Tuesday, June 16, 2015

In The Next Room or the Vibrator Play—Profile Theatre—SW Portland

Snow Angels

This comedy-drama is written by Sarah Ruhl and directed by Adriana Baer (Profile’s Artistic Director).  It is playing at the Artists Rep. space, SW Alder St. & 16th Ave., through June 28th.  For more information, go to their site at www.profiletheatre.org or call 503-242-0080.

The title of my review will become clear at the end of the play but, in essence, it has to do with giving way to one’s passion and “winging” it, perhaps.  The story has a great deal of humor, as well as depth to it.  And it doesn’t deal with just one issue but several, including a new age with the coming of electricity into every home, the bond between mothers and their infants, the introduction of the vibrator to cure “hysteria” in women and the awaking of men to the needs of the fairer species…”what men do not observe because their intellect prevents them from seeing, would fill many books.”

In The Next Room… takes place in upstate New York in the 1880’s.  On the surface, it is about the invention of the vibrator.  But, in its depths, it concerns the collision of personal expression, the nature of artistic vision, progress in the electrical age, repression/oppression and love.  During the Victorian Age and before, women were to appear in society and at home as polite, pretty and perfect creators to the next generation.  But underneath this trussed exterior was a volcano waiting to erupt.


Couples were not permitted to even kiss before marriage, let alone have intercourse.  And, after marriage, this was often accomplished in the dark with eyes closed.  Married couples sometimes had never seen each other naked.  It is not surprising then, that this anxious feeling or moodiness of women, in particular, was soon diagnosed by the medical profession, as a type of hysteria.


The story takes place in the parlor and office of Dr. Givings (Leif Norby) and his wife, Catherine (Lauren Bloom).  Mrs. Givings has given birth but cannot nurse her own child because she has “bad milk,” so a wet nurse is found, Elizabeth (Ashley Nicole Williams).  She is an Afro-American maid of one of the doctor’s patients, Sabrina Daldry (Foss Curtis) and her husband, Mr. Daldry (Karl Hanover).  Dr. Givings is treating Sabrina, with his nurse, Annie (Beth Thompson), for this “hysteria” with an invention of his, the electric vibrator.
Like many brilliant men, his obsession with his profession blinds him to the fact that he is neglecting his own wife and unaware that she is “suffering” from this same kind of “hysteria.”  So the doctor’s wife and Sabrina take it on themselves to dip further into the meanings of this new instrument in this strange new world and, subsequently, themselves.

Into this mix enters Leo (Matthew Kerrigan), a free-spirited painter from Italy, also suffering from a type of block that prevents him from creating art anymore.  But with one “dose” of the doctor’s magical machine and he has an epiphany.  Not only is he able to paint again, but awakens bottled-up desires within others as well.  The climax is bitter-sweet, with some of the desires being met but some left smoldering.  To tell you more would be giving away discoveries an audience should make.

This is a story for discerning adults because of the subject matter, as well as some brief nudity.  But, what could have been a cheap, tawdry sideshow is made beautiful by the pen of Ruhl and direction of Baer.  The author dips her pen into her heart and writes with blood and Baer extends those strokes into a warm, humorous, revealing and passionate tale in which we just might meet ourselves.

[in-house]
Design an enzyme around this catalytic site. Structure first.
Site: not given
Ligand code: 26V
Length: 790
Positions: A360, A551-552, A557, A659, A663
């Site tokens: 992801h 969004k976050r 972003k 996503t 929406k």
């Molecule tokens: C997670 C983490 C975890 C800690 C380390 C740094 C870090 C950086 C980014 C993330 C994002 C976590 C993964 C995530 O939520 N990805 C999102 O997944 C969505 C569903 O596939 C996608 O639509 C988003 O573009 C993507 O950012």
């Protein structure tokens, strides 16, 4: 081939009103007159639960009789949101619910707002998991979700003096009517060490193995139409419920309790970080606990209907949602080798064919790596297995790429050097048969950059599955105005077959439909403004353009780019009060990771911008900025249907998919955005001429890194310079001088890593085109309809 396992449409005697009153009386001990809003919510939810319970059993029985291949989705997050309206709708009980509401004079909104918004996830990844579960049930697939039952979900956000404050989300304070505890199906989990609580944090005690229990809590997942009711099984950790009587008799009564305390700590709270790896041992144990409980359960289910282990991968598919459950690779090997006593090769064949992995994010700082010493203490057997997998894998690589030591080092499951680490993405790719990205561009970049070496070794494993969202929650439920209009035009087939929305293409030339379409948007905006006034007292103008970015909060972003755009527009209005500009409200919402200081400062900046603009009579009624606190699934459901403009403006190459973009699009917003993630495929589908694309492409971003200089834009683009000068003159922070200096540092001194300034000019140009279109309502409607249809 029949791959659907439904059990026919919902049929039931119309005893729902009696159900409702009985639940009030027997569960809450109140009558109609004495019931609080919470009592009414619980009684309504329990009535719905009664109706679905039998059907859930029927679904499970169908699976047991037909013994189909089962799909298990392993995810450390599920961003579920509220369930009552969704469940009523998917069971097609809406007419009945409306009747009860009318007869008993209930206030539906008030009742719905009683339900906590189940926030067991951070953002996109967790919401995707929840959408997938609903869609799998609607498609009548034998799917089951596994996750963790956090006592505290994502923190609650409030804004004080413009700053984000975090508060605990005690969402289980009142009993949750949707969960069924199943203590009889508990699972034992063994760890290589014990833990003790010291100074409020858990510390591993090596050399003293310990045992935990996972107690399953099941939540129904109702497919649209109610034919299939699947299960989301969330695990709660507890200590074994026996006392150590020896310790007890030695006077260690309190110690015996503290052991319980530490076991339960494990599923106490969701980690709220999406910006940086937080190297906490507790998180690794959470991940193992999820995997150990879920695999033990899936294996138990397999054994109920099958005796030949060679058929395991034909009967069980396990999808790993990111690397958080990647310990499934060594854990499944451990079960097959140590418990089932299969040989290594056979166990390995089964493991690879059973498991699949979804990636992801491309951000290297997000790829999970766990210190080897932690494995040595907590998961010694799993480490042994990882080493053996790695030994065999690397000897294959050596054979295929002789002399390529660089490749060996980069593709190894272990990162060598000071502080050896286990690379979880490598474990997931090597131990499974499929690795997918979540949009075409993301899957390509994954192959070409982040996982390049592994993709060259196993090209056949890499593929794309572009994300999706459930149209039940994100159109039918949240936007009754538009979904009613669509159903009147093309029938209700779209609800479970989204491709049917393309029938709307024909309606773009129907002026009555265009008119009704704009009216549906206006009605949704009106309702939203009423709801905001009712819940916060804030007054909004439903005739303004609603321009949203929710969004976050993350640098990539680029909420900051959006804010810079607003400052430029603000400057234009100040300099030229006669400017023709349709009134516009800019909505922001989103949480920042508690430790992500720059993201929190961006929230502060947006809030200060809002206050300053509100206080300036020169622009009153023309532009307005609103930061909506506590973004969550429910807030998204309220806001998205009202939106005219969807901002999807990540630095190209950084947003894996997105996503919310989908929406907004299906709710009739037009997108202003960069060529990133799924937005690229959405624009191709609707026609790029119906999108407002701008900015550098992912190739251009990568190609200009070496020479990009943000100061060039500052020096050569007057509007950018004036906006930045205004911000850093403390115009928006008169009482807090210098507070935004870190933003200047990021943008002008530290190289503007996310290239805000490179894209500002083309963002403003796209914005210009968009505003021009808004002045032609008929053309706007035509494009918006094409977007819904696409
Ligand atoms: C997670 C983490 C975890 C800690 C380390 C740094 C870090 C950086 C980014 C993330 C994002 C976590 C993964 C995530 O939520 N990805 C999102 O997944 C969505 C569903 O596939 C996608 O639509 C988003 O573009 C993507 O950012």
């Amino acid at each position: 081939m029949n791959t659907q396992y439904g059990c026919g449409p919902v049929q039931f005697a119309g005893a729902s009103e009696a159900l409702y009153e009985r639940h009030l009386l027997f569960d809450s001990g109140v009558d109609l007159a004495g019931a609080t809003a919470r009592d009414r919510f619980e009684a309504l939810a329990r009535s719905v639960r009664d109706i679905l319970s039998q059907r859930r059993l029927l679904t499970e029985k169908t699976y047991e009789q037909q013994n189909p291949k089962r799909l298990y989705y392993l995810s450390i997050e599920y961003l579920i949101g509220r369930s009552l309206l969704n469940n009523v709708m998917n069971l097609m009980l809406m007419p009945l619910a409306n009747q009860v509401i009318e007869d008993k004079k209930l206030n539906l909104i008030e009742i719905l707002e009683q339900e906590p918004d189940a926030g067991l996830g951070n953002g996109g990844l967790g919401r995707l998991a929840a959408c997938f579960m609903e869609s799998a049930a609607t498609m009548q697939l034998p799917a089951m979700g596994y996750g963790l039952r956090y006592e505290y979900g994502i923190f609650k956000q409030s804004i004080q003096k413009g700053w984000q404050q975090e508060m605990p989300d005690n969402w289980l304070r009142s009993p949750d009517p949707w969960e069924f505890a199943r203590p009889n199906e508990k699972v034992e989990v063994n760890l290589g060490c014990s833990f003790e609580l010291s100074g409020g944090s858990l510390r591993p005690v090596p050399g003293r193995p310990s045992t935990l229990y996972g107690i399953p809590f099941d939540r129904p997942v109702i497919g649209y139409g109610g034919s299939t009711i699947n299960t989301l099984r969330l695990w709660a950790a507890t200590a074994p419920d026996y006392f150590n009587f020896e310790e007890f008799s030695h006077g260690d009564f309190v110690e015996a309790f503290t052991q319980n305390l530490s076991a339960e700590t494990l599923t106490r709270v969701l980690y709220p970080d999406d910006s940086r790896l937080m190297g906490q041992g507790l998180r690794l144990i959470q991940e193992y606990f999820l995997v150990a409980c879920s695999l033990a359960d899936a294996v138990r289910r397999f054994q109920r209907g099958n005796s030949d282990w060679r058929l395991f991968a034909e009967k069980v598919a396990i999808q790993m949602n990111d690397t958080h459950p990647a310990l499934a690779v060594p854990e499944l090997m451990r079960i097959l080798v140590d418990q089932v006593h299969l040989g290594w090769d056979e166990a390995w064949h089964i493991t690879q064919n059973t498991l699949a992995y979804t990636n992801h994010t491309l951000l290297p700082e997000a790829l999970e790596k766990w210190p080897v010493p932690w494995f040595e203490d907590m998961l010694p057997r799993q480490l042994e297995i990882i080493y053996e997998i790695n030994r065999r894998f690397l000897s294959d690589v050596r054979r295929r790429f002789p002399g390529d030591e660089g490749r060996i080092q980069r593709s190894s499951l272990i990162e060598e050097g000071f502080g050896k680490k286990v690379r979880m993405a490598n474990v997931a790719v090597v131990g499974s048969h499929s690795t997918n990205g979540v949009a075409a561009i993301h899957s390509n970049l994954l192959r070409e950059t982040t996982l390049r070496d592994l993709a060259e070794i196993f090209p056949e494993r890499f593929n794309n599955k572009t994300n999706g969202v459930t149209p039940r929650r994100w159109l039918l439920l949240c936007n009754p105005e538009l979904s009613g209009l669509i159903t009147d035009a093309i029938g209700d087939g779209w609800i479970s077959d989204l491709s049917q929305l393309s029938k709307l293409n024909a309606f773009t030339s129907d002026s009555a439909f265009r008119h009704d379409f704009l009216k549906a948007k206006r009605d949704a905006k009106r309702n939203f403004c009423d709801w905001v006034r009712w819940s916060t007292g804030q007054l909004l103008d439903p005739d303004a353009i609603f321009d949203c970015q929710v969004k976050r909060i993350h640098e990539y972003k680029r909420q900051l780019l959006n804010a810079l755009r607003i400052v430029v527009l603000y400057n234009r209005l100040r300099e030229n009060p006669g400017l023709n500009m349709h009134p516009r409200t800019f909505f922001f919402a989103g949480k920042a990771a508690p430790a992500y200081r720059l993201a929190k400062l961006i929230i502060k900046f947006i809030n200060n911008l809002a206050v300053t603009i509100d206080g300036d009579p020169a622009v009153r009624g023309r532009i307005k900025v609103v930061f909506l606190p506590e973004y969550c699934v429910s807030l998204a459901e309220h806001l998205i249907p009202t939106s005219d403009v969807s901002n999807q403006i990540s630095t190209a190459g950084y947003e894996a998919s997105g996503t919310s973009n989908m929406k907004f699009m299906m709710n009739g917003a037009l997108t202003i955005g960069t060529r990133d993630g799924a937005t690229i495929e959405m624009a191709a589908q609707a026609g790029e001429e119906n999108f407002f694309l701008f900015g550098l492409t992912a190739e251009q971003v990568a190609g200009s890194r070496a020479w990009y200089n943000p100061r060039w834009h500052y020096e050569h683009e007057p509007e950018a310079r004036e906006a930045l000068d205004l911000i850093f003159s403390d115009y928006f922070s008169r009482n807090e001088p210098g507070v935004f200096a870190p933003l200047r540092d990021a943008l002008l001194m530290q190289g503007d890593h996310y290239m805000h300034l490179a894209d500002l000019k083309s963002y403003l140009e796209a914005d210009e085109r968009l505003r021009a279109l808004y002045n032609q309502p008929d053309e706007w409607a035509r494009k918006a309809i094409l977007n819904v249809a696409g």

The set (Stephen Dobay) and costumes (Sarah Gahagan), too, are not only functional for the period but also suggest the confinement and repressed secrets underneath one’s garments and behind locked doors.  The backdrop is particularly impressive with parasols and fans, products of a waning age that shaded people and cooled passions.  But with electricity, dark corners will be exposed and shadows disbursed.  A new age is beginning to evolve.

The actors are all first rate.  Norby is always worth watching on stage.  He plays the doctor as a man, on the surface, content with everything in its place but, inwardly, changes are happening.  He has quiet intensity that is perfect for the character.  Bloom, as his wife, is both funny and sad as we watch her trying to make sense of this new-found world she has been thrust into.  Her arms are flying and her words unguarded as she tries to express herself.  A well constructed performance.  Thompson, as the nurse, does nicely as an enigma, a person just doing her job but with desires, too, unquenched.

Williams, as perhaps the wisest and most down-to-earth of the group, is wonderful as she tries to navigate her way into these untested waters for a Black American woman in this Age of Discovery.  Kerrigan, as the free spirited artist, may be the most repressed of the bunch, as he appears to be unconnected to the trials and tribulations of this society.  But, once his creative juices are allowed to flow again, he charts a new course for himself.  Well done.
Hanover, as the husband of Sabrina, seems not to have a clue as to what’s going on, and is marvelously funny as he, like a bull in a China shop, continues to plow full-speed ahead.  And Curtis, as his wife, is terrific, as we seem to experience this journey through her eyes.  Entering into the picture as an attractive but repressed young woman who, once awakened, she is fully capable of dealing with this new-found energy.  It is lovely to watch her bloom and embrace this brave, new world.

I recommend this show but know that it is very adult in nature.  If you do choose to see it, tell them Dennis sent you.